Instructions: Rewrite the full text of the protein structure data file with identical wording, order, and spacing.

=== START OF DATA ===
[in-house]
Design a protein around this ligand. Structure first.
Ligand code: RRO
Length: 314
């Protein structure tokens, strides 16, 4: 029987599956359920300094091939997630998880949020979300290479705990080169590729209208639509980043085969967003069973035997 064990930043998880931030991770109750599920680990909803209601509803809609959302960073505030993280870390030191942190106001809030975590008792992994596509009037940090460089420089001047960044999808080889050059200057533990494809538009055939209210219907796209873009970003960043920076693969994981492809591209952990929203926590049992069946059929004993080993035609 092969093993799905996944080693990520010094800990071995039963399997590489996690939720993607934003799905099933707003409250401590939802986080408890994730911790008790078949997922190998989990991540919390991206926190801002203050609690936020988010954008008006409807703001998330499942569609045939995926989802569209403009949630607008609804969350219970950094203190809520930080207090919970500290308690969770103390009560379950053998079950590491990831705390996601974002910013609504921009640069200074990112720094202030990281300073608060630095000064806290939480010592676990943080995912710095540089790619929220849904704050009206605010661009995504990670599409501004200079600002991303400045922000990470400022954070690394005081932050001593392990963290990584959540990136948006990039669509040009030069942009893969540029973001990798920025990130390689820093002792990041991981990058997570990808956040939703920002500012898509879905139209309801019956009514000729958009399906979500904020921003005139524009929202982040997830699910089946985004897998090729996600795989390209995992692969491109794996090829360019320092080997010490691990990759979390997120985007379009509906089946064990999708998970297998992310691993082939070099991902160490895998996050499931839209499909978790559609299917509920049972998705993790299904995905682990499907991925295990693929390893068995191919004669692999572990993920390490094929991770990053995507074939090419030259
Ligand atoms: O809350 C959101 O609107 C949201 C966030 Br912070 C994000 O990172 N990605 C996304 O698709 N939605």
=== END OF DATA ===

[in-house]
Design a protein around this ligand. Structure first.
Ligand code: RRO
Length: 314
């Protein structure tokens, strides 16, 4: 029987599956359920300094091939997630998880949020979300290479705990080169590729209208639509980043085969967003069973035997 064990930043998880931030991770109750599920680990909803209601509803809609959302960073505030993280870390030191942190106001809030975590008792992994596509009037940090460089420089001047960044999808080889050059200057533990494809538009055939209210219907796209873009970003960043920076693969994981492809591209952990929203926590049992069946059929004993080993035609 092969093993799905996944080693990520010094800990071995039963399997590489996690939720993607934003799905099933707003409250401590939802986080408890994730911790008790078949997922190998989990991540919390991206926190801002203050609690936020988010954008008006409807703001998330499942569609045939995926989802569209403009949630607008609804969350219970950094203190809520930080207090919970500290308690969770103390009560379950053998079950590491990831705390996601974002910013609504921009640069200074990112720094202030990281300073608060630095000064806290939480010592676990943080995912710095540089790619929220849904704050009206605010661009995504990670599409501004200079600002991303400045922000990470400022954070690394005081932050001593392990963290990584959540990136948006990039669509040009030069942009893969540029973001990798920025990130390689820093002792990041991981990058997570990808956040939703920002500012898509879905139209309801019956009514000729958009399906979500904020921003005139524009929202982040997830699910089946985004897998090729996600795989390209995992692969491109794996090829360019320092080997010490691990990759979390997120985007379009509906089946064990999708998970297998992310691993082939070099991902160490895998996050499931839209499909978790559609299917509920049972998705993790299904995905682990499907991925295990693929390893068995191919004669692999572990993920390490094929991770990053995507074939090419030259
Ligand atoms: O809350 C959101 O609107 C949201 C966030 Br912070 C994000 O990172 N990605 C996304 O698709 N939605």